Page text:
Illinois is currently the only state that allows the forcible eviction of a condominium unit owner for failing to pay his monthly association dues. In Spanish Court Two Condominium Association v. Carlson, the Illinois Supreme Court was asked to determine whether the Illinois Condominium Property Act and the Forcible Entry and Detainer Act allow a unit owner to affirmatively defend against a forcible eviction by asserting that the condominium association was negligent in maintaining the condominium common areas. In a 4-3 decision, the Illinois Supreme Court held that such an affirmative defense is not "germane to the distinct purpose of the proceeding" as is required by the Forcible Entry and Detainer Act. This Comment explores and questions the legal and policy justifications for allowing the forcible eviction of a condominium unit owner but not providing him with the same affirmative defenses available to others. Within the context of the Forcible Entry and Detainer Act, the Illinois Condominium Property Act, and the holding in Spanish Court, this Comment analyzes the complex nature of the condominium association-unit owner relationship and the inconsistent application of forcible eviction. The Comment concludes with suggestions on how forcible eviction in Illinois can be applied with more consistency and clarity, thus ensuring the rights of Illinois condominium property owners are not overlooked.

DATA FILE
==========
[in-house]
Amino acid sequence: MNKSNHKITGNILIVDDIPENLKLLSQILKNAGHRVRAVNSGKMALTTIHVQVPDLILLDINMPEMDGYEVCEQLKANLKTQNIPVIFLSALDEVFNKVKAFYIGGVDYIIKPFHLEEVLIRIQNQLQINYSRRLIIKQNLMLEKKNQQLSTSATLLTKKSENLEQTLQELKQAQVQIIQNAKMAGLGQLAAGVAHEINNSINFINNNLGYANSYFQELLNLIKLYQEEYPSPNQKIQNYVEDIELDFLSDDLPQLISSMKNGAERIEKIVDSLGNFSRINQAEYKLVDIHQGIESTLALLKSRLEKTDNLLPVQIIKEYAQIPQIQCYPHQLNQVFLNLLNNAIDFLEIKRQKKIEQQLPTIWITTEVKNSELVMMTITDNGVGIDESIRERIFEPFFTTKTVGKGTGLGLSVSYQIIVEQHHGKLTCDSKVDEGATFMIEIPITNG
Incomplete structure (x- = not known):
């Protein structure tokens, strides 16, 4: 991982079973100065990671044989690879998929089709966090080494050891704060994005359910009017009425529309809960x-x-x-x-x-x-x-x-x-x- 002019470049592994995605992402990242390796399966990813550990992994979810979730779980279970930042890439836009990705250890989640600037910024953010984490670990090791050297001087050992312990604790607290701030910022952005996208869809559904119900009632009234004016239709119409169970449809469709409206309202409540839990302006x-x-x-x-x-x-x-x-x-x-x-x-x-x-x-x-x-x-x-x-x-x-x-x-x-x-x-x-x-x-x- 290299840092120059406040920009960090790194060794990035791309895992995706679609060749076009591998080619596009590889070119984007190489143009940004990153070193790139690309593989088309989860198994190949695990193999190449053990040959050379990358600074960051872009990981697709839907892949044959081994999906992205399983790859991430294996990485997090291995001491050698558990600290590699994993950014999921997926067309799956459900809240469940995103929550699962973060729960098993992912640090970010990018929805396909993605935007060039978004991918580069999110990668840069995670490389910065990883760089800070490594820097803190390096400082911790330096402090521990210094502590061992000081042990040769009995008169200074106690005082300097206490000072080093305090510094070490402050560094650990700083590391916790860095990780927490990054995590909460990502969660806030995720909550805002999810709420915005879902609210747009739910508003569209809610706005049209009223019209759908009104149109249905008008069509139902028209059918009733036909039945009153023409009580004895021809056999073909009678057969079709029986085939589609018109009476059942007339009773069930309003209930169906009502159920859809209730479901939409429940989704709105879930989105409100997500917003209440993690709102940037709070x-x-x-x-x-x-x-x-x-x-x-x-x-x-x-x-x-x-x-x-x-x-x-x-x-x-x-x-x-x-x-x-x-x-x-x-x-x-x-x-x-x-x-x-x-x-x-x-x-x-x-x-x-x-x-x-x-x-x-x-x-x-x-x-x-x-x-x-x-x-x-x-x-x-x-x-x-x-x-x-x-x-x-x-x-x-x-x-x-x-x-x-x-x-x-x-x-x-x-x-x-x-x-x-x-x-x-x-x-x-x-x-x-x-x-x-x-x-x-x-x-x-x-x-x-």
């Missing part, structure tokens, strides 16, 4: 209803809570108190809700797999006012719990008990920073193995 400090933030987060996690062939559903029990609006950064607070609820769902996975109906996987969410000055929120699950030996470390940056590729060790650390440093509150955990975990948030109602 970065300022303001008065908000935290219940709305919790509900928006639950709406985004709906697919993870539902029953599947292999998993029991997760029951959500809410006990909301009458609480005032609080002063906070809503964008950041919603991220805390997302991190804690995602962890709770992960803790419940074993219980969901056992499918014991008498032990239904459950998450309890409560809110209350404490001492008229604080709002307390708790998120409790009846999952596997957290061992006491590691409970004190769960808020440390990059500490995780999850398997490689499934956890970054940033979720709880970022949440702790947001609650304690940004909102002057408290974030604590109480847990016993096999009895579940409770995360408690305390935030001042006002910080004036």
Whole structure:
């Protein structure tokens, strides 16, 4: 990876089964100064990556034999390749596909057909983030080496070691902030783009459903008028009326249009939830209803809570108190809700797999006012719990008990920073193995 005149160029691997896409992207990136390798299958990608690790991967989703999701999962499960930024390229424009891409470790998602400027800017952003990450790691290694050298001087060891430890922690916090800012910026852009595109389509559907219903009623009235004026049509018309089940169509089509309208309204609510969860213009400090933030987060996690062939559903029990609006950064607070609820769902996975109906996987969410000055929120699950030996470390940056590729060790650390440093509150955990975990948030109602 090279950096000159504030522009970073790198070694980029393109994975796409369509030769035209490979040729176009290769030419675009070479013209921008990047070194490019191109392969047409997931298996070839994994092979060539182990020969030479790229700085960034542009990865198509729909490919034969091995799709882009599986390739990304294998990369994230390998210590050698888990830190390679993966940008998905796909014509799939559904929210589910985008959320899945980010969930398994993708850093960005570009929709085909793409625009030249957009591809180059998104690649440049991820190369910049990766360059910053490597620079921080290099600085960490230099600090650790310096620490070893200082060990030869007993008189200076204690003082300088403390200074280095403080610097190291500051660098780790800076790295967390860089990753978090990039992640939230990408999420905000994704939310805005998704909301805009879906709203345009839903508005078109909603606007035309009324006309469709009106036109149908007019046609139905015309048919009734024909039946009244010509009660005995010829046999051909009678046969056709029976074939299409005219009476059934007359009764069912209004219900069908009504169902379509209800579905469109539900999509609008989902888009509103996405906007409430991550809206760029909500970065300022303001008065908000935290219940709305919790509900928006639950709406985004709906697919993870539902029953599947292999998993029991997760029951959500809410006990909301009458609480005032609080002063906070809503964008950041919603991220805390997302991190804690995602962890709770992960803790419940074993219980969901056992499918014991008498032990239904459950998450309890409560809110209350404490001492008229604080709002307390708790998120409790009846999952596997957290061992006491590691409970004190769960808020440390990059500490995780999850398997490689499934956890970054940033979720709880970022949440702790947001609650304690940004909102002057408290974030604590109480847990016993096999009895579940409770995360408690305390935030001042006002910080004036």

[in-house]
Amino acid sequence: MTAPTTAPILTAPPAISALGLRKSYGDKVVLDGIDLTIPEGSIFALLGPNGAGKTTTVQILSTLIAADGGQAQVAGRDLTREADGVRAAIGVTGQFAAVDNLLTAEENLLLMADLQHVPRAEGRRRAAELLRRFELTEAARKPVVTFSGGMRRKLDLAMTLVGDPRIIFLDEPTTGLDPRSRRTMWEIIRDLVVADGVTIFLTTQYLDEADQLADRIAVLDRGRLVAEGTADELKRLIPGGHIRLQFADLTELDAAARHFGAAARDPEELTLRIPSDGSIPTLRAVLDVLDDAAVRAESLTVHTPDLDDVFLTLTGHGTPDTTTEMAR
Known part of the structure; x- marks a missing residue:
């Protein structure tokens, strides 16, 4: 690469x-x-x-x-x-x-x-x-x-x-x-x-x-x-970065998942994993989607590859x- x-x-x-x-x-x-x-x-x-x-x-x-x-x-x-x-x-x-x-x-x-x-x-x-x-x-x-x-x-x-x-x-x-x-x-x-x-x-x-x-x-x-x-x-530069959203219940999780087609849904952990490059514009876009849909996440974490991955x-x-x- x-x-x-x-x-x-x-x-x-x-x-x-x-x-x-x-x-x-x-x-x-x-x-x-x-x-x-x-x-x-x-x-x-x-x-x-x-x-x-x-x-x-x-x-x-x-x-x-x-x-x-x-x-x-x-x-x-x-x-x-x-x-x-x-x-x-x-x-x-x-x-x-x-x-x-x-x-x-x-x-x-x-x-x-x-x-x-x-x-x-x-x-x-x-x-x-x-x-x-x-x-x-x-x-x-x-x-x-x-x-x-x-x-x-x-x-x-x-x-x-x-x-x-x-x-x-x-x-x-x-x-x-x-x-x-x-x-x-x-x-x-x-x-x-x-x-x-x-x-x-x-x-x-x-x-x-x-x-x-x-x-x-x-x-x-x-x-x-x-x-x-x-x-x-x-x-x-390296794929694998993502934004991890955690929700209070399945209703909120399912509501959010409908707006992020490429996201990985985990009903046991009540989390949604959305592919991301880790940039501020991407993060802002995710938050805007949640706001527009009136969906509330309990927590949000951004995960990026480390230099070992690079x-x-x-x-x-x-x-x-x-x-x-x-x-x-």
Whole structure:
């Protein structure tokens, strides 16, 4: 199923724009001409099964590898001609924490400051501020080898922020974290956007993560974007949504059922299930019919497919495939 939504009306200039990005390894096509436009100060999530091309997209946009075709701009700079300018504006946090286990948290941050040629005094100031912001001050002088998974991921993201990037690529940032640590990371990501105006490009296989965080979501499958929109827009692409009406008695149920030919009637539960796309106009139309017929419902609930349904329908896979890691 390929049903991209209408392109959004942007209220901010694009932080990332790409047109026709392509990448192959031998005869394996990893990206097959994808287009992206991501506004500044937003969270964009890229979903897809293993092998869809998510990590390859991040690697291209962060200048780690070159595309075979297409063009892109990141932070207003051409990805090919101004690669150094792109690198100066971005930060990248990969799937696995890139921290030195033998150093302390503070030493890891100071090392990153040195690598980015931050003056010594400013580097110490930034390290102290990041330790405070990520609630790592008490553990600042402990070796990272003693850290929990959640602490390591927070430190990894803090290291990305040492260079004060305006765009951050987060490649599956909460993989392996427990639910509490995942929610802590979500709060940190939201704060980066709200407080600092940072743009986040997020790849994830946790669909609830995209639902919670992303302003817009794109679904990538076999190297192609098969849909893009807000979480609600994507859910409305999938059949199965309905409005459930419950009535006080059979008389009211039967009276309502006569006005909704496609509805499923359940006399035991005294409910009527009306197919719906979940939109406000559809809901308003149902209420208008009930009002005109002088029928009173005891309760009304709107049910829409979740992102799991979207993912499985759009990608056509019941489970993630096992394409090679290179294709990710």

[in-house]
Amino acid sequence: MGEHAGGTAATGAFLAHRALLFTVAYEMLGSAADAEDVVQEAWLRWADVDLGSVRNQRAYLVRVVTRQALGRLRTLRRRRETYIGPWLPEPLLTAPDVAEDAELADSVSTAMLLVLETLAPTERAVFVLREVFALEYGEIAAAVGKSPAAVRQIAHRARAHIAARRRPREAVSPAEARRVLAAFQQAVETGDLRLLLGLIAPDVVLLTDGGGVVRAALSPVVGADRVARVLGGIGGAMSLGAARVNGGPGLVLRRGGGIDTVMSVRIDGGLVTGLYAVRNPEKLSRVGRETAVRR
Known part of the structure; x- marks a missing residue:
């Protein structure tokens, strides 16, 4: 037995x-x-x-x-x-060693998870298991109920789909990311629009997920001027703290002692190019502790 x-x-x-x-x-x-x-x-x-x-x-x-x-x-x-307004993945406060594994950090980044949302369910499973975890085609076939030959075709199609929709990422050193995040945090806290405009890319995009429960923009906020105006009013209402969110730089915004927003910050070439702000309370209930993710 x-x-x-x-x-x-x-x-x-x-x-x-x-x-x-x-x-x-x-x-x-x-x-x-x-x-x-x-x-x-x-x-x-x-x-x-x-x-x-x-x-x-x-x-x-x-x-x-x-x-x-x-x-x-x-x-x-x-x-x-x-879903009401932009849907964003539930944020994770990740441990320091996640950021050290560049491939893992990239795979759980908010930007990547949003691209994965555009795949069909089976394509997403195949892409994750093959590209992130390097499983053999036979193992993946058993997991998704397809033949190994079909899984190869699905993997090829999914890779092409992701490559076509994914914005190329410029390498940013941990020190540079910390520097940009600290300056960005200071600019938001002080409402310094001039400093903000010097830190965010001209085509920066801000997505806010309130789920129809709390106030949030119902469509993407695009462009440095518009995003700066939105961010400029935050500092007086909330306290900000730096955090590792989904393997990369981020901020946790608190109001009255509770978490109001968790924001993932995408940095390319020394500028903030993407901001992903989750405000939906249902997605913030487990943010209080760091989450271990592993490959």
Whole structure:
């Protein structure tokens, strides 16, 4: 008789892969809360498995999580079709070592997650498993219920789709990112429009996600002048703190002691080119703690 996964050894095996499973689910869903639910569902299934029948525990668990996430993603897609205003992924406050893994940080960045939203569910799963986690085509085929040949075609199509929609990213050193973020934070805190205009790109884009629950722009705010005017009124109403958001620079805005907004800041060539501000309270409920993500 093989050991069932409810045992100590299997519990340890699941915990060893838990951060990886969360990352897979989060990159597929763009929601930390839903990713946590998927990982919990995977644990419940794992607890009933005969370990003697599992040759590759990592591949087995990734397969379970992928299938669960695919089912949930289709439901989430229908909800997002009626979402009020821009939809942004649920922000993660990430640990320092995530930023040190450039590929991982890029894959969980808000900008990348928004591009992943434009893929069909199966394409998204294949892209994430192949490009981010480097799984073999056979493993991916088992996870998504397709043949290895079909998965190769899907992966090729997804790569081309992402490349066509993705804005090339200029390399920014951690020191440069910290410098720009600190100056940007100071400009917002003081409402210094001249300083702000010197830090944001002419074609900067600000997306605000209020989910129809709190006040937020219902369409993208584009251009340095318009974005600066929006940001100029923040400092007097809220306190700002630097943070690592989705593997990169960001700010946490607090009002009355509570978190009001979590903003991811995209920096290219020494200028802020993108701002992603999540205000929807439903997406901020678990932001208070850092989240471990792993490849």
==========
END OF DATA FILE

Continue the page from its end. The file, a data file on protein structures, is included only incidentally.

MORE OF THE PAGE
College of Law
Northern Illinois University Law Review
Reed, Jeffrey M.
"Condo-ning Eviction: Questioning the Illinois Approach to Forcible Entry and Detainer Actions With Regard to Condominium Unit Owners,"
Northern Illinois University Law Review: Vol. 36:
2, Article 1.
Jeffrey M. Reed, Comment, Condo-ning Eviction: Questioning the Illinois Approach to Forcible Entry and Detainer Actions With Regard to Condominium Unit Owners 36 N. Ill. U. L. Rev. 109 (2016).